Once more into the breach

Hmmm. That creationist who emailed me a question the other day has sent me another. It’s like feeding raccoons—pretty soon they get the idea they should hang out in swarms around your house, they’re digging in the trash, and they’re pooping all over your lawn. Oh, well, one more time:

Here is another question for you kind consideration:

There are a very large number of species on earth; so many that no one has
been able to count them. Many of them are much older than humans, yet none
of them – not even one of them – evolved to a level comparable to that of
humans? What stopped them? Or, should I say, Who stopped them; and why?

First of all, Mr Creationist, both of your questions so far have been very, very poor—everybody has to start somewhere, I know, but they reflect a near total lack of understanding of anything about evolution or biology. Given that you know zip about biology, isn’t it rather arrogant of you to be questioning the fundamentals of the science? Aren’t you presuming a bit much to be pestering a biology professor with these things rather than cracking a book first and catching up on the basics? I have a list of recommended books; you might want to start with some of the kids’ books first. If you’re more ambitious, try Evolution: The Triumph of an Idea(amzn/b&n/abe/pwll) by Zimmer—it’ll give you the overview you need, with more meat that you can dig into.

But to answer your question briefly now…

Your question is an old and tiresome one: it’s a generalized version of the “if we evolved from monkeys, how come there are still monkeys?” canard. What you are doing is assuming teleology—the idea that there is a direction or progressive pattern to evolution—and further assuming that our particular specializations as humans are the goal towards which all evolution works…and then, as you note, observing that reality doesn’t seem to fit the hypothesis very well. I agree with you that the idea of evolution pushing all species towards a human-like kind of existence is contradicted by all the available evidence.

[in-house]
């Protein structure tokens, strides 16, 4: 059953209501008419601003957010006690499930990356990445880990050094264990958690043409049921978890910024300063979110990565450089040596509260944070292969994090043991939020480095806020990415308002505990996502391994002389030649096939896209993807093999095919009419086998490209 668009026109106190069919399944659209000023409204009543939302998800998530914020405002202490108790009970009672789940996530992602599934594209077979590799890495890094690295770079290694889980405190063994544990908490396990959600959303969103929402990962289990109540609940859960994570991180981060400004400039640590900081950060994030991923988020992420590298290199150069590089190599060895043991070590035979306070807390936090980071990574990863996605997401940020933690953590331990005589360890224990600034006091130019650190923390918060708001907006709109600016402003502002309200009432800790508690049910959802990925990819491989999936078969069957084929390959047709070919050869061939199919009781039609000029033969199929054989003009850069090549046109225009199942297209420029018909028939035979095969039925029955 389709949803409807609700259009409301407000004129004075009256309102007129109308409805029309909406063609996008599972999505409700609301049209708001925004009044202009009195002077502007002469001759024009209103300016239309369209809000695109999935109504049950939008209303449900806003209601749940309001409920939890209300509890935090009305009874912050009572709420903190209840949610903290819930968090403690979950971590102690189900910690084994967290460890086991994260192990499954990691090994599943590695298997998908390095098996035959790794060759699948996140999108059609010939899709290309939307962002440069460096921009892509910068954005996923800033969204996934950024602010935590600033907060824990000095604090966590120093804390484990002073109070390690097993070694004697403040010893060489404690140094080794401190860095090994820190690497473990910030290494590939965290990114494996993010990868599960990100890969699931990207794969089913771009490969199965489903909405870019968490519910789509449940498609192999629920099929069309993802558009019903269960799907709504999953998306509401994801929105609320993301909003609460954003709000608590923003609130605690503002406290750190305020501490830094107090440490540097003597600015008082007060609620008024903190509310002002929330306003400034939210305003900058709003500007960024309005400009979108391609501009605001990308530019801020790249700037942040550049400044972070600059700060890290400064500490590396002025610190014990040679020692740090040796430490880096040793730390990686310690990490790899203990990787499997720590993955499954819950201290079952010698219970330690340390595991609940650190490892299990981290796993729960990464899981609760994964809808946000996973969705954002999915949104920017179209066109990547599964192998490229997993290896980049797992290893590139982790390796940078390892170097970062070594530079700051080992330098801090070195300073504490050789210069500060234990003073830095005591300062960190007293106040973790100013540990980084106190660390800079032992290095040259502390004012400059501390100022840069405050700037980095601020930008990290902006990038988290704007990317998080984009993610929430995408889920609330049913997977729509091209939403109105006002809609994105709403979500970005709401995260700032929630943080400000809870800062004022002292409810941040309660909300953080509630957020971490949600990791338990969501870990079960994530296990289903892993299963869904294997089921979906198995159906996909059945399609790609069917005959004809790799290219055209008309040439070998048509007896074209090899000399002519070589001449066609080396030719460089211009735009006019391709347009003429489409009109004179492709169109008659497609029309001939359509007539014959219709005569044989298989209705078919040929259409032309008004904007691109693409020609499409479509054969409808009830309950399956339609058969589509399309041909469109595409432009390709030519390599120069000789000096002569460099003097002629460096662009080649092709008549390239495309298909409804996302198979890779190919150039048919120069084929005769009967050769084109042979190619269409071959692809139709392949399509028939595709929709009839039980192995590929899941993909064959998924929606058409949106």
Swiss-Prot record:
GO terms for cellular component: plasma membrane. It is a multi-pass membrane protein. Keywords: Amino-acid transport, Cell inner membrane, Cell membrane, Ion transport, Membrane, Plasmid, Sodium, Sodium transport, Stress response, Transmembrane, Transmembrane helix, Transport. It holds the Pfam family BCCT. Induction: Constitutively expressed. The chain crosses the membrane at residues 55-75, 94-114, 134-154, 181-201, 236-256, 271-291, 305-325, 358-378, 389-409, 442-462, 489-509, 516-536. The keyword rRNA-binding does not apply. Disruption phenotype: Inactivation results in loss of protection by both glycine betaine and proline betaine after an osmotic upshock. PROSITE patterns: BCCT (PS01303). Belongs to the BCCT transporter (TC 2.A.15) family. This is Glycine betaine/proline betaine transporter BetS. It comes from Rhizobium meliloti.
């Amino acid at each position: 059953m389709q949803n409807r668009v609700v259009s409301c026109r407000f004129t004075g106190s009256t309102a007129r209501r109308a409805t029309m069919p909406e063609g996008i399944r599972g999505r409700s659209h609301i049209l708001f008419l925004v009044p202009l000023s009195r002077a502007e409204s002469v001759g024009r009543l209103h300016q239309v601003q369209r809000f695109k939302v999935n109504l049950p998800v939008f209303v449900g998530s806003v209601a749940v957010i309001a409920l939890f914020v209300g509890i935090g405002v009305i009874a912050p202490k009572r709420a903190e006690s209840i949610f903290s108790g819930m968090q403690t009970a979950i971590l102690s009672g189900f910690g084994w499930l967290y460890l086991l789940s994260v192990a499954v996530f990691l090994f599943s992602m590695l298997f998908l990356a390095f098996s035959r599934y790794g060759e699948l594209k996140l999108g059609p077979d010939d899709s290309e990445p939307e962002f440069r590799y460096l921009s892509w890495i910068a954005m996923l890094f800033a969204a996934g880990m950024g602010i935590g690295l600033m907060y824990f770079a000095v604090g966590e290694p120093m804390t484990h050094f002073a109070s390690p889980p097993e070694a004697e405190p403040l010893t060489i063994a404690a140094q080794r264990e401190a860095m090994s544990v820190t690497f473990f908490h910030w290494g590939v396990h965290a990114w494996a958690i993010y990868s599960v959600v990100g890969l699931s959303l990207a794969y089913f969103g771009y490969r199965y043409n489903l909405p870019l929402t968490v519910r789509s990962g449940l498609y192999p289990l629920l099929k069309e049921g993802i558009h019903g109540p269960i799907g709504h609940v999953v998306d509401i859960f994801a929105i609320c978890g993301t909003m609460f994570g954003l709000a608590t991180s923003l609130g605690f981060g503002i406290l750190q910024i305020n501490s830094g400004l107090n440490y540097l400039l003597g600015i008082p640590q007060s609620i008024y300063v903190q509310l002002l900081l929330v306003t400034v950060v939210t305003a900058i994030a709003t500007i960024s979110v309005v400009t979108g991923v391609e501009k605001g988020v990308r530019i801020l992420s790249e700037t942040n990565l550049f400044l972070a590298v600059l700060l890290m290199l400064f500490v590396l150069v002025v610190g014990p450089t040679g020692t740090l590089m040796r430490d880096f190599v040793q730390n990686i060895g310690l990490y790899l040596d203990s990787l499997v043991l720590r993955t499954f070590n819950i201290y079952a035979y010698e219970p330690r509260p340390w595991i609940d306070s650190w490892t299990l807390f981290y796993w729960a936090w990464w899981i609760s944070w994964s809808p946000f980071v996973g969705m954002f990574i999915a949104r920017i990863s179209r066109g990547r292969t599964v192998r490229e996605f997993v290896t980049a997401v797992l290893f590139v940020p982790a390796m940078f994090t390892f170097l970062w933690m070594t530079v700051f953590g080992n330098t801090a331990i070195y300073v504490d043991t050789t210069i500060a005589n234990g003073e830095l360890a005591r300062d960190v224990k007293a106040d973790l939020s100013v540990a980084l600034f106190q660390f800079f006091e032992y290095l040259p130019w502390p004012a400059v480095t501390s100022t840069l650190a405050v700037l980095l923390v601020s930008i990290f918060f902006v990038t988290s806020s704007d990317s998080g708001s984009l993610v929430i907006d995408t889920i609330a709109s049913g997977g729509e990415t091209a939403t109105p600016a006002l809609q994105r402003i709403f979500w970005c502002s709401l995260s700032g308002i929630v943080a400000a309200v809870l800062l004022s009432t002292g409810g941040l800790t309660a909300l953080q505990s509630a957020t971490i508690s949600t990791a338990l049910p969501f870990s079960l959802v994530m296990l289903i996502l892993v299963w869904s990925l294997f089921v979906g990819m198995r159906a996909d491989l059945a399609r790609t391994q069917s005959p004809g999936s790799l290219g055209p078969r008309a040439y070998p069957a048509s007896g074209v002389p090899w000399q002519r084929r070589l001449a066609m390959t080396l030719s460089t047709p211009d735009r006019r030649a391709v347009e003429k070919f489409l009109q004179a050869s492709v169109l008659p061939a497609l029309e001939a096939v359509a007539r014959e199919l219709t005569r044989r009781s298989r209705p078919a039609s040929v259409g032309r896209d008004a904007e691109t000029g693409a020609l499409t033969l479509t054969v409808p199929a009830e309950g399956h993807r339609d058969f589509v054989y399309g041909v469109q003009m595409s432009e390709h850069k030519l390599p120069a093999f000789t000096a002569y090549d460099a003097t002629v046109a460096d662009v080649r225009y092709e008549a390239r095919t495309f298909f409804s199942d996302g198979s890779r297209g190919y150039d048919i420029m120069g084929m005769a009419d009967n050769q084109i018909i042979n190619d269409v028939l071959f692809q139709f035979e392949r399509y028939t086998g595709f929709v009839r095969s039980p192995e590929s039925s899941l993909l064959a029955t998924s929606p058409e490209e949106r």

What you don’t seem to understand, though, and where your question runs off the rails, is that evolution is not teleological or progressive in any specific sense. Evolution accounts for the diversity of life as well as its adaptedness. Squirrels, cockroaches, and pigeons are all following strategies that enable them to prosper without imposing any need to do those human activities of talking and making tools and building imaginative social structures.You have disproven a straw man. Congratulations.

You might actually want to reevaluate your theology, though, since it’s Christianity, creationism, and Intelligent Design that presupposes teleological patterns in our history.